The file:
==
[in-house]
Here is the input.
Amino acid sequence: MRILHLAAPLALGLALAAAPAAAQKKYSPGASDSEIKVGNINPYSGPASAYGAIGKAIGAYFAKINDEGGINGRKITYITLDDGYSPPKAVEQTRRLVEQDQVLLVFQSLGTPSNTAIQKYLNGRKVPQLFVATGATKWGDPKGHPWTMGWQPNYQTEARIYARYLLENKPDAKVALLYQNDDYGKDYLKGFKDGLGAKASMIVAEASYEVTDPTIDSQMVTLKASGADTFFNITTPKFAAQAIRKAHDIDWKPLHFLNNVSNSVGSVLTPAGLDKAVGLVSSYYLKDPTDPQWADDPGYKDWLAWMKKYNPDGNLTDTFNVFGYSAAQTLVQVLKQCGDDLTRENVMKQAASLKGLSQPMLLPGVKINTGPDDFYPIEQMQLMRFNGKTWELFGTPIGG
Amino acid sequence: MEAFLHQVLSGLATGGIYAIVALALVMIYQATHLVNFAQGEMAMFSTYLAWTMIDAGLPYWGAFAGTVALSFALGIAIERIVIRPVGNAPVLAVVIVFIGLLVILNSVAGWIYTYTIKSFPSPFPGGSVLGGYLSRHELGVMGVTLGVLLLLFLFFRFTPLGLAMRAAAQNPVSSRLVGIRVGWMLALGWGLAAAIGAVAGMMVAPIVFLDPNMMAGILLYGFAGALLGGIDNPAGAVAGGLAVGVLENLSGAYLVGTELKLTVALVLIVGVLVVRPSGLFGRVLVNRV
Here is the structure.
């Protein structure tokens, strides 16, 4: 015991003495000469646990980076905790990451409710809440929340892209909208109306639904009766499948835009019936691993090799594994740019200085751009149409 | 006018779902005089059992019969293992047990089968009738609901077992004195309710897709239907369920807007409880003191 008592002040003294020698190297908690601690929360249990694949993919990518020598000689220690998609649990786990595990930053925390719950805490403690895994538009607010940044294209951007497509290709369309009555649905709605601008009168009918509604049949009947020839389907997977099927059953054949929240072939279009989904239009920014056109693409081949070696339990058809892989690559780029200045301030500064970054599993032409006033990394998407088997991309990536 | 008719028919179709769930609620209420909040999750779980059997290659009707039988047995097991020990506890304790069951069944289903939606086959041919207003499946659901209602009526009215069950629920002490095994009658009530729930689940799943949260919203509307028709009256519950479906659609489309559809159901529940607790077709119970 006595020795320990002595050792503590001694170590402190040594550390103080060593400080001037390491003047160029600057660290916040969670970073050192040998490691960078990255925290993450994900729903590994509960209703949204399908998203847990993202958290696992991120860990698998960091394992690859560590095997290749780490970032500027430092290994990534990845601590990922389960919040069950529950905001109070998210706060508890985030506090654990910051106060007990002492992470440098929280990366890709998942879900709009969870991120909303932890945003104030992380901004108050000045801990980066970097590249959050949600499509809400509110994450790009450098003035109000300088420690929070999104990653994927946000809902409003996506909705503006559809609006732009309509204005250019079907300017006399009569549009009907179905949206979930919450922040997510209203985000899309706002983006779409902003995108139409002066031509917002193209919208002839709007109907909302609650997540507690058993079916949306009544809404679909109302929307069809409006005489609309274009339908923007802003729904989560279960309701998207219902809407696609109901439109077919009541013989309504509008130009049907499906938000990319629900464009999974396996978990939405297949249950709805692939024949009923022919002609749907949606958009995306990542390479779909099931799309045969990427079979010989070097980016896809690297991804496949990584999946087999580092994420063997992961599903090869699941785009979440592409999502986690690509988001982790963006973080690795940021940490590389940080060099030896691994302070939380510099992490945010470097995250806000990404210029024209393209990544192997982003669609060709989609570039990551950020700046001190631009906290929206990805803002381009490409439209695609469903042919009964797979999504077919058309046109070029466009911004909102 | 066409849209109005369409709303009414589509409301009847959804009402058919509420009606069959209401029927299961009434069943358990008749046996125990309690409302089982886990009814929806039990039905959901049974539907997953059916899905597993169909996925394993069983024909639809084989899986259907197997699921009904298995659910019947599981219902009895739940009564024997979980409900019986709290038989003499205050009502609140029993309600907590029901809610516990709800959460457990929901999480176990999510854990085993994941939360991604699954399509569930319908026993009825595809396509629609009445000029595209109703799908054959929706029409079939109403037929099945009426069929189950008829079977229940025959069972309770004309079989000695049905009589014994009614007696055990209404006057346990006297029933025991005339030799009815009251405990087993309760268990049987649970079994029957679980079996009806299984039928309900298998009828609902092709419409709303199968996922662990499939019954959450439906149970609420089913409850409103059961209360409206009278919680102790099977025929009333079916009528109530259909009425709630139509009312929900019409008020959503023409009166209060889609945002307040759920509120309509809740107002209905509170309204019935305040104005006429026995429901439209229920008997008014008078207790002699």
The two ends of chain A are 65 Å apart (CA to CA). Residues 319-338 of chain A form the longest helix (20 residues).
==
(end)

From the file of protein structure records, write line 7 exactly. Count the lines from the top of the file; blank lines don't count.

The two ends of chain A are 65 Å apart (CA to CA). Residues 319-338 of chain A form the longest helix (20 residues).